Ian Bremmer

Egyptian democracy’s predictable unpredictability

By Ian Bremmer
June 6, 2012

Indeed, it has been said that democracy is the worst form of government except all those other forms that have been tried from time to time.” – Winston Churchill

It’s Groundhog Day for saving the euro zone

By Ian Bremmer
May 29, 2012

It’s almost June. So why is the euro zone story just about the same as it was in January? It’s a little like the movie Groundhog Day – every day seems to be a repeat of the last, and the story remains the same. But remember: That movie ended. And every day wasn’t the same. Bill Murray made incremental changes – painful ones – until he figured his way out. That’s what the euro zone is doing right now.

An unstable world doesn’t necessarily mean a declining America

By Ian Bremmer
May 9, 2012

Who says America is in decline?

Not me. But, if you listened to a recent Rush Limbaugh show, you might’ve heard him dismiss my new book, Every Nation for Itself, as a “declinist” tract that says America’s time as leader of the world is “over.” Nothing could be further from the truth. There’s an inordinate amount of concern out there that writers who are trying to understand the seismic shifts the world has undergone in recent years are in fact doomsayers – wonks who are convinced the U.S. is no longer a superpower and has lost its swagger. On the other side of this false dichotomy is the camp that tries to pretend all the upheaval of recent years has changed absolutely nothing about America’s objective standing on the world stage.

Who’s in charge of the world? No one

By Ian Bremmer
April 30, 2012

This is an excerpt from Every Nation for Itself: Winners and Losers in a G-Zero World, published this week by Portfolio.

What does G-Zero mean for the world?

By Reuters Staff
April 27, 2012
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A generation ago, the United States, Europe and Japan were the world’s powerhouses. Now, according to Eurasia Group’s Ian Bremmer, we’re living in a world where everyone – and anyone – can set the agenda. So, what does G-Zero mean for the world?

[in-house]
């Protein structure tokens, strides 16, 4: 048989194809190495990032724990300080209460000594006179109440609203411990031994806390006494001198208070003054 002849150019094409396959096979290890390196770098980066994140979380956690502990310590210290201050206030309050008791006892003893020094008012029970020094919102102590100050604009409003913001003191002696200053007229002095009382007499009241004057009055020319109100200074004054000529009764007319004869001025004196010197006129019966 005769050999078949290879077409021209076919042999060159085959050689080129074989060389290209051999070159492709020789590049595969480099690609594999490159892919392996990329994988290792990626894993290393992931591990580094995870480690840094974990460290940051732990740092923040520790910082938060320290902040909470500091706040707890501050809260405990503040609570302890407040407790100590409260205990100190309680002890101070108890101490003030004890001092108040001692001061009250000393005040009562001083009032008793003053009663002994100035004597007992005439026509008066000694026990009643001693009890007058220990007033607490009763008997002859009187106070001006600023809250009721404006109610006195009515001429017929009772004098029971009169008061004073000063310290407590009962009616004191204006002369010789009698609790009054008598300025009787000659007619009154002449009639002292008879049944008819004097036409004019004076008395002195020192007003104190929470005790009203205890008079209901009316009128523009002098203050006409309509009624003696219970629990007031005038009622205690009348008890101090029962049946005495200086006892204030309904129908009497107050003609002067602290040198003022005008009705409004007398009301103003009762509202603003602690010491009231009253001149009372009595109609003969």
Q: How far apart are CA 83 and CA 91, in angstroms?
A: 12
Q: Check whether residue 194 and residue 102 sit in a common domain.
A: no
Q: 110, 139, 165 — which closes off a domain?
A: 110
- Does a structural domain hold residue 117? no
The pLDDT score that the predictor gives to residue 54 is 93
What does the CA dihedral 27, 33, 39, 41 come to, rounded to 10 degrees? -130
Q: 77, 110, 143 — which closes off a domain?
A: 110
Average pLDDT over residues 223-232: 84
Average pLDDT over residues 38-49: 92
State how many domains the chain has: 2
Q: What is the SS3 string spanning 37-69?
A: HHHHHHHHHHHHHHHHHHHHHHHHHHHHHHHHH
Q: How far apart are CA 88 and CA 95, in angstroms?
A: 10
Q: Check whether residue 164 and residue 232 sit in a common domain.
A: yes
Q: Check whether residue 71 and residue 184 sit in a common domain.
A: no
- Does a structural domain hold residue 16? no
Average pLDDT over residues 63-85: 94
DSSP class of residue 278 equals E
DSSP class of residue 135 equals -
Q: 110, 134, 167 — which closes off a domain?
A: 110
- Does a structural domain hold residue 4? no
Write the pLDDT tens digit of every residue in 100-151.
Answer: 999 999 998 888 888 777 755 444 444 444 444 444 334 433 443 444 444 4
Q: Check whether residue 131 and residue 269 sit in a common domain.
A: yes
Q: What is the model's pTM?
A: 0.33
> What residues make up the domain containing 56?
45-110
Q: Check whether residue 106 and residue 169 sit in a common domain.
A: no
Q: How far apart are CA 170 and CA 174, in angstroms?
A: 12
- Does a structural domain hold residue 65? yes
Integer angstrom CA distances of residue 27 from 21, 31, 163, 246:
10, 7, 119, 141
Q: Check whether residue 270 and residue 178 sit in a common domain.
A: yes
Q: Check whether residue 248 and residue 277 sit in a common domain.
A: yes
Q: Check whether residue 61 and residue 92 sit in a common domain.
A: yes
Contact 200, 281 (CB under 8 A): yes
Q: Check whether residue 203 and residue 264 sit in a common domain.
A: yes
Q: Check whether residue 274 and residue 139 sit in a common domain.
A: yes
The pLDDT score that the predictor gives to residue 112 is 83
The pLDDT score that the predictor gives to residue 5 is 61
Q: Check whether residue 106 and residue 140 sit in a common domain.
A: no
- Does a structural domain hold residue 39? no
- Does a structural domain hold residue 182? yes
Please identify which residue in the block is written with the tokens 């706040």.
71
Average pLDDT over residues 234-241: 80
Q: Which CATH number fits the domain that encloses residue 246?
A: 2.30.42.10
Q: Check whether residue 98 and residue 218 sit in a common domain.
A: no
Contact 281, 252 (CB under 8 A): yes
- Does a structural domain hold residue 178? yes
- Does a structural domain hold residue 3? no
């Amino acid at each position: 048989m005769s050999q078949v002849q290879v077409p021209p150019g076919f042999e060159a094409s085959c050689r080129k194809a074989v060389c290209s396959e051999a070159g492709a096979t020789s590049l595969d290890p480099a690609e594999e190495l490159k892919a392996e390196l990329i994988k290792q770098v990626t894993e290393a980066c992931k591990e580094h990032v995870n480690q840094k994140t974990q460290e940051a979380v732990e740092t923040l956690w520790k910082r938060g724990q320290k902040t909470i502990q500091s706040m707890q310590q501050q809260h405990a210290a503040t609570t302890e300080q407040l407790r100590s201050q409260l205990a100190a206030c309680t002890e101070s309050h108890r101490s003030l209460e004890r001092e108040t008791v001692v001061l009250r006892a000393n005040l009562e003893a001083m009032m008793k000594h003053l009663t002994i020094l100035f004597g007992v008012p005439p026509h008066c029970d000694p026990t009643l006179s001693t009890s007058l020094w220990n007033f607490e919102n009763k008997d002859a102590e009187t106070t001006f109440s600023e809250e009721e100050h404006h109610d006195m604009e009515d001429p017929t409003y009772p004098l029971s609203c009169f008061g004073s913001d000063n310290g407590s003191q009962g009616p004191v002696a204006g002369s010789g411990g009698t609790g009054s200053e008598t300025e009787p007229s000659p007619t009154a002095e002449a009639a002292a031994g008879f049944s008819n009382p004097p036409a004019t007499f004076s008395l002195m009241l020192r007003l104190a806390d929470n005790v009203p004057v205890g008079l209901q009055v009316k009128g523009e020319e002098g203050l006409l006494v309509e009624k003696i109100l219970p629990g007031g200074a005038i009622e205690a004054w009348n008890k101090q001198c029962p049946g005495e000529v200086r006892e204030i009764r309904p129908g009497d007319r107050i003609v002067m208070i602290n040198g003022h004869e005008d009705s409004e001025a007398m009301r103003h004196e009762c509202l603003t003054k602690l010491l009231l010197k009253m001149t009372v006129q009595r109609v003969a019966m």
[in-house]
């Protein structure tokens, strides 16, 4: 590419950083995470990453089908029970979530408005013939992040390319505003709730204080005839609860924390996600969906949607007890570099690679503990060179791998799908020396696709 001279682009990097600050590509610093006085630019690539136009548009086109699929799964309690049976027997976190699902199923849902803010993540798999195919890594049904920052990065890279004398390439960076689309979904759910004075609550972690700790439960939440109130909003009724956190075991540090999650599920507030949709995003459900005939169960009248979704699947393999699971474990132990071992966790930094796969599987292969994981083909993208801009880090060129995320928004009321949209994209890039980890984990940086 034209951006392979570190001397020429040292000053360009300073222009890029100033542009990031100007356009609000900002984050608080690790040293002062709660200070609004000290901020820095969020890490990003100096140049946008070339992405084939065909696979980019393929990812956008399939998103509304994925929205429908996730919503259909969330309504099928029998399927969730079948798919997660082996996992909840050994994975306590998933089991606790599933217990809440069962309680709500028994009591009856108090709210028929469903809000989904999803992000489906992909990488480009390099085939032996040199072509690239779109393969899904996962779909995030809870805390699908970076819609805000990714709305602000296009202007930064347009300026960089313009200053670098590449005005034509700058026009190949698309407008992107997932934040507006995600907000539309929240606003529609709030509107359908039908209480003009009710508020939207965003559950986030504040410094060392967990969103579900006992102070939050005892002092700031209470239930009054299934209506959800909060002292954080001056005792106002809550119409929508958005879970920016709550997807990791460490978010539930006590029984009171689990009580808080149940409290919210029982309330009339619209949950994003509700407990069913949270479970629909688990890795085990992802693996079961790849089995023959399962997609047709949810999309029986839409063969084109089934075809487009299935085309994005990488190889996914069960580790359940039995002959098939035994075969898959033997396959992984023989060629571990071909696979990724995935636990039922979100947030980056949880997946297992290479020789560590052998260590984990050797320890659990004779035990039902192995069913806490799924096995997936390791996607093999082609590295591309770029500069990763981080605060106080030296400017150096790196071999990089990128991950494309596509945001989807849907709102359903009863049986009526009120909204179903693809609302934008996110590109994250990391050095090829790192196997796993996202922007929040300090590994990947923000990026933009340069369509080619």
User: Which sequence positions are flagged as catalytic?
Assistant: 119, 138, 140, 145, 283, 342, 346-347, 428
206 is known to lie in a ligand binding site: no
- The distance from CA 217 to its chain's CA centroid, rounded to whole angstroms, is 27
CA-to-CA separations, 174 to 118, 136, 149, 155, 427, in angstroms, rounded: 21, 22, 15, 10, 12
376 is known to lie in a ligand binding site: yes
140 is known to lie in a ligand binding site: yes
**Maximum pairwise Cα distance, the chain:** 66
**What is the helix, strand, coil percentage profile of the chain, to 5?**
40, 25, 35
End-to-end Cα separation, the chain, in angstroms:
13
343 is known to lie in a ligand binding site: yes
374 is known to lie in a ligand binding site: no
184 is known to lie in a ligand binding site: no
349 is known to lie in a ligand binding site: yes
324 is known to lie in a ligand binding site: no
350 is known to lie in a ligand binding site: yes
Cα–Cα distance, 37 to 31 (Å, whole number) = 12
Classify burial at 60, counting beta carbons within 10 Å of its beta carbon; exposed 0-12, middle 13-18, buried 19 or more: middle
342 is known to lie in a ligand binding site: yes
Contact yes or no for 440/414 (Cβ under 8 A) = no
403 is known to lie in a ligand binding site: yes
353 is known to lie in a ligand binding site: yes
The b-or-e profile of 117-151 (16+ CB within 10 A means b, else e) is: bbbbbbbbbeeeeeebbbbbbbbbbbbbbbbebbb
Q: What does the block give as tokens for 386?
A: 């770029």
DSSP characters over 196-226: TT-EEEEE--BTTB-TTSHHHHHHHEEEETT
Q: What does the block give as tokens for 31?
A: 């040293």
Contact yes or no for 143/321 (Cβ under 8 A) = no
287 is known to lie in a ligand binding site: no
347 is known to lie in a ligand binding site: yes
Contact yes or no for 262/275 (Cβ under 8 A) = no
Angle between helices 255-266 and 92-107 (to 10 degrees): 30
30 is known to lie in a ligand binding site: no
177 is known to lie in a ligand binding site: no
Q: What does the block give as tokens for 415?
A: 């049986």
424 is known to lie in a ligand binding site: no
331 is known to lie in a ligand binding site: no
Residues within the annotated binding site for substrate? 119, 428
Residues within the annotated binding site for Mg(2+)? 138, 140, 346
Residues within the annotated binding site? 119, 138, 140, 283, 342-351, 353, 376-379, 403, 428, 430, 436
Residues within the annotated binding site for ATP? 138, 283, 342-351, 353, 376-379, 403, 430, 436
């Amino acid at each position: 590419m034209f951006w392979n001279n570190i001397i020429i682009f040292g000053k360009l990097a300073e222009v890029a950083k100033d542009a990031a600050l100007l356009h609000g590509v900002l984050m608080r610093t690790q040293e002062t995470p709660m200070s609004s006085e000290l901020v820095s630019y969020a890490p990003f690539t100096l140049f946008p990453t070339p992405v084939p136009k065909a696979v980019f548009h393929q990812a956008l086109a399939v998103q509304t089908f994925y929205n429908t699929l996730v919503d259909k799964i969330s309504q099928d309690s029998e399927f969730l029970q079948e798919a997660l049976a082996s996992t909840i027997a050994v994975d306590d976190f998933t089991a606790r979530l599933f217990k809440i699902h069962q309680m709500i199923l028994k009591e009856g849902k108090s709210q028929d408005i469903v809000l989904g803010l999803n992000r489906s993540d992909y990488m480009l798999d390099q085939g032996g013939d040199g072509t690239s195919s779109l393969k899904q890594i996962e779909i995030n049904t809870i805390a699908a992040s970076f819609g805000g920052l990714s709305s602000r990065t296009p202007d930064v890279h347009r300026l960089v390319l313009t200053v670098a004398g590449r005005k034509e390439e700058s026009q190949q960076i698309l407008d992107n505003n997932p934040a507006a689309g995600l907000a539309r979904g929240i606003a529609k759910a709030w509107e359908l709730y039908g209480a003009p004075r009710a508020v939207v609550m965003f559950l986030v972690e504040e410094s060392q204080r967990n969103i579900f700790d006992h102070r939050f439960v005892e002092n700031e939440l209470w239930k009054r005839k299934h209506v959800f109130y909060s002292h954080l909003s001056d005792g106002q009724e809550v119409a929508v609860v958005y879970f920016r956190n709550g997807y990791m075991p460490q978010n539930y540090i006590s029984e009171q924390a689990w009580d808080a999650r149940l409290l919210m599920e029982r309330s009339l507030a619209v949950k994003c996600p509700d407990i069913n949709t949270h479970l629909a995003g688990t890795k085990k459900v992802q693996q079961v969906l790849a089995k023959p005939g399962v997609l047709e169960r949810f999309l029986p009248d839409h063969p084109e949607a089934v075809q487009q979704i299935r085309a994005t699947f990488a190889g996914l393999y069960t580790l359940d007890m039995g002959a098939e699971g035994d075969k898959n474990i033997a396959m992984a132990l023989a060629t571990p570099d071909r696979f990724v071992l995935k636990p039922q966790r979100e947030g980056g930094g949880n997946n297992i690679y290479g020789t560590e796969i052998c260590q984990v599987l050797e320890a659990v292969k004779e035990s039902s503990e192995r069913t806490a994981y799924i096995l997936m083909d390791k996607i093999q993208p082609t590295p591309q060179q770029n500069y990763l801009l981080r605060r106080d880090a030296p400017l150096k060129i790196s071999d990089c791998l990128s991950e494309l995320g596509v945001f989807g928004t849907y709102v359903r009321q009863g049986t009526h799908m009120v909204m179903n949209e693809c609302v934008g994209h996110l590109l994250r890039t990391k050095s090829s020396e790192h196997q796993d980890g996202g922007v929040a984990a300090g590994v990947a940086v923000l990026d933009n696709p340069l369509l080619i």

Make no entangling foreign frenemies

By Ian Bremmer
April 16, 2012

It’s often said that kinship runs deeper than friendship. Lately, when it comes to chumminess among world leaders and their colleagues in neighboring countries, friendship has trumped citizenship.

from The Great Debate:

The Muslim Brotherhood’s dangerous missteps

By David F. Gordon and Hani Sabra
April 11, 2012

Why Syria’s Assad is still in power

By Ian Bremmer
April 4, 2012

We can’t afford to throw him out.

Last week, likely GOP presidential nominee Mitt Romney caused a tempest in a teapot when he told CNN that he thought the top U.S. geopolitical foe is Russia. President Obama’s White House seized on the comment, rebutting that al Qaeda is actually our top foe abroad. But if we look at the way American foreign policy has been enacted since the beginnings of the global crisis, it’s clear that America’s biggest opponent on the world stage is really itself.

The hope and beauty of a North Korean stalemate

By Ian Bremmer
March 30, 2012

President Obama’s recent trip to South Korea may have gained attention for his “open mic” slipup with outgoing Russian President Medvedev over missile defense, but that’s just a media distraction from the importance of Obama’s visit to the Korean peninsula. After Kim Jong Il’s death in December, the U.S. took an early lead in negotiations with North Korea doing so because Obama and his team thought it could be an easy diplomatic win. With the promise of aid and food, the U.S. could let new leader Kim Jong-un quietly drop the consistently belligerent stance the country has taken in what passes for its foreign policy.

Video: Syria is moving toward full-blown civil war

By Reuters Staff
March 24, 2012
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The world’s great powers don’t have enough incentive to intervene in Syria, Eurasia Group President Ian Bremmer tells Chrystia Freeland.